To kick off 2018, LCJSMS has been working to create a positive school climate for the entire school community.
LCJSMS celebrated No Name-Calling Week, January 15-19, 2018. No Name-Calling Week was established to challenge name-calling and bullying by being accepting of all school community members despite differences.
Representatives from the GLOW (Gay, Lesbian, or Whomever) Club and Student Council shared daily facts about discrimination during lunch in order to raise awareness within the school community. Each day focused on name calling based on different aspects, such as race, religion, appearance, ethnicity, and sexual orientation. The SIBS Group also made posters to promote a positive school climate and challenge name calling at LCJSMS.
Students also checked out a No Name Calling Week library display, created by GLOW club members, which highlighted books related to the week and challenging bullying.
In honor of No Name Calling Week, the Book Club and GLOW Club will be hosting a school-wide LCJSMS book discussion on Lily and Dunkin by Donna Gephart. Copies of the book have been available for students and staff at the school and local library. Pizza will be served at the discussion sessions on February 21 and March 7. There will also be an opportunity on April 4th to skype with the author and learn more about her inspiration to write the book. These opportunities were made possible thanks to LCJSMS PTO mini-grants.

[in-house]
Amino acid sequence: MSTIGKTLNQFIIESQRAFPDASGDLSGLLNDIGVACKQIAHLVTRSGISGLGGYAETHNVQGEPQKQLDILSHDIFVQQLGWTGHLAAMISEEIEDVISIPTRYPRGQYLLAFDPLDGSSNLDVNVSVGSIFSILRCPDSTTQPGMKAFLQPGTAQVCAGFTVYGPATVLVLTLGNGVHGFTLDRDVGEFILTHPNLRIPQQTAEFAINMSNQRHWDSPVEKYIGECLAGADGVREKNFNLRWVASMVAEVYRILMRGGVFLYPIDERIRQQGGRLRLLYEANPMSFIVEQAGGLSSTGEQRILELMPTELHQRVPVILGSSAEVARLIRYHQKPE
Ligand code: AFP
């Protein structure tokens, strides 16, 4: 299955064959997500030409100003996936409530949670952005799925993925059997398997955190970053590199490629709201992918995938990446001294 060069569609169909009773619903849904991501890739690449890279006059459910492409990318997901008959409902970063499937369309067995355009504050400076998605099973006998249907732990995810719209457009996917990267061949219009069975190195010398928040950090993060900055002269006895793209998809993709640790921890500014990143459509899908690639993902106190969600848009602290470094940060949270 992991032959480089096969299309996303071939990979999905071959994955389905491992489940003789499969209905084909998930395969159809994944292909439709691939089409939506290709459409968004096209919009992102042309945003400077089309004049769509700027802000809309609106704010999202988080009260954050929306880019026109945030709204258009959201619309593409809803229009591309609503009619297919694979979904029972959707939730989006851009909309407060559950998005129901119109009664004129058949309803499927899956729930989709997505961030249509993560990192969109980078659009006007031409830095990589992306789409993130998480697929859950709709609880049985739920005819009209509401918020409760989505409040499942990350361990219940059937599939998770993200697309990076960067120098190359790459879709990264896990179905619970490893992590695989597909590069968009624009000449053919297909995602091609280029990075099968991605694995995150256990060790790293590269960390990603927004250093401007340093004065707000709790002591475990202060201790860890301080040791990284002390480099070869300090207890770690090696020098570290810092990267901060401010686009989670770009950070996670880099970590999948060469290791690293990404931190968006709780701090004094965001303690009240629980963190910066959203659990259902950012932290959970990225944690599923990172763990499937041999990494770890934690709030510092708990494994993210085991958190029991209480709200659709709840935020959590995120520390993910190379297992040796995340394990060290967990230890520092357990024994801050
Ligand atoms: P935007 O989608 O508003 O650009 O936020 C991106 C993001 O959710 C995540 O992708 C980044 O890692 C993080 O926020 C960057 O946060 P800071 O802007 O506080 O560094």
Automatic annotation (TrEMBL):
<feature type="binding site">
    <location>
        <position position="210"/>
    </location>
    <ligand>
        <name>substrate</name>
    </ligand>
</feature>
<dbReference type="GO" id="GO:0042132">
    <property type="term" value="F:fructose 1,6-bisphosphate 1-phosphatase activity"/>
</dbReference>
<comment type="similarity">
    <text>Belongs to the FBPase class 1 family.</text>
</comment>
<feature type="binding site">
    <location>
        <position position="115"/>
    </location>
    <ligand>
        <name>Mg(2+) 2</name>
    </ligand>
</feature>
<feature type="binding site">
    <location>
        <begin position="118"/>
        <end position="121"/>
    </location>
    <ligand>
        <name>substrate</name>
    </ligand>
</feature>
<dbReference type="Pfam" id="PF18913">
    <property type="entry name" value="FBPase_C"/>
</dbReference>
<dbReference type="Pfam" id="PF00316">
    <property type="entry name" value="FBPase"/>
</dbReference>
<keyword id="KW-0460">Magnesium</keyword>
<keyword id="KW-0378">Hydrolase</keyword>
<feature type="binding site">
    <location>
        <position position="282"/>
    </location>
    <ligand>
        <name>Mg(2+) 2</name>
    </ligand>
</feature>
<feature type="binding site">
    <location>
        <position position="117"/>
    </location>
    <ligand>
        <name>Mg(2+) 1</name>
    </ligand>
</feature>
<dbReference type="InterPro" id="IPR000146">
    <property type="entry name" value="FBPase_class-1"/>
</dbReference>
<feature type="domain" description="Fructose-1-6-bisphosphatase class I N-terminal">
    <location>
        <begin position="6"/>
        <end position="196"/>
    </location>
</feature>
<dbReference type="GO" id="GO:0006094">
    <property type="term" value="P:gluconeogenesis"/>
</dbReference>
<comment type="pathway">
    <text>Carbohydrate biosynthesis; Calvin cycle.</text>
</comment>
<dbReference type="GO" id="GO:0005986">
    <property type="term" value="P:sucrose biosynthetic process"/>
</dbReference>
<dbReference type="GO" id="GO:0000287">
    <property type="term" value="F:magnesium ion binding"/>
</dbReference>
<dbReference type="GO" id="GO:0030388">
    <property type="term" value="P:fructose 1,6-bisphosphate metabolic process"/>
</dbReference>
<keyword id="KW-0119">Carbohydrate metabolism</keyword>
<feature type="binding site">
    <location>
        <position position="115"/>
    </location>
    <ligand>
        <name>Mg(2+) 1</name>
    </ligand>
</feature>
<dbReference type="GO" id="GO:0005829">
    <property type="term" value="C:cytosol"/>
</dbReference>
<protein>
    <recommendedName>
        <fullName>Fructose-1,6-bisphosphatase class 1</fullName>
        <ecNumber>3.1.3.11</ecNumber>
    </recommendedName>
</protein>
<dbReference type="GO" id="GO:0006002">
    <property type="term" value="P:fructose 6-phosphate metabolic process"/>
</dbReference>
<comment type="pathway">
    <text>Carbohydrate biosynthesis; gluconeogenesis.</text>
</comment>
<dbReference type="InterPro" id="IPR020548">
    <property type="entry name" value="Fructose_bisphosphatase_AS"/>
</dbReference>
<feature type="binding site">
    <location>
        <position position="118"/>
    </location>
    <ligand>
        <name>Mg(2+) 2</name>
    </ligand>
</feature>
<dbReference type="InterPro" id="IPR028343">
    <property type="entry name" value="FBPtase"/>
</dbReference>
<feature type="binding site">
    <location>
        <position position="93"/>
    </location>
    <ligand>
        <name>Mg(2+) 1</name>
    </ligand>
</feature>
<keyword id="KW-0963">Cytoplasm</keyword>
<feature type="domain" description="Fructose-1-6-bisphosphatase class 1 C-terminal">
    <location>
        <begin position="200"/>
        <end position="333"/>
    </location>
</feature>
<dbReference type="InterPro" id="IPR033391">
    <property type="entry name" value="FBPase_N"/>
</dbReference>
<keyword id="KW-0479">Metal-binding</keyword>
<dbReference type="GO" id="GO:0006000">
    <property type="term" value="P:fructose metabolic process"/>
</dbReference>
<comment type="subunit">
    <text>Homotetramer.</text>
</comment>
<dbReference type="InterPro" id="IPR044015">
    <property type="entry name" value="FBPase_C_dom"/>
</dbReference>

LCJSMS recognized Mix It Up Day on February 8 during Advisory. Mix It Up Day was established to encourage students to step out of their comfort zones and meet other students they may not know. This year, 6th and 8th graders participated in a joint lesson while 7th grade mixed it up with teachers. All students and teachers alike mentioned that the Mix It Up Day was a "fantastic advisory" and asked to do it again next year.
LCJSMS continued the mission of No Name Calling Week through the ONE program. At this program, LCJSMS Peer Assistance Leaders (PALs), read the story ONE by Kathryn Otoshi at Wilson and Jefferson Primary Centers on February 13. LCJSMS students served as role models for the kindergarten classes, discussing the meaning behind the story and leading an interactive activity to engage primary center students on how they can be an UPstander. All students designed an inkblot related to the story and collaborated for one large "1," which is on display at the Primary Centers.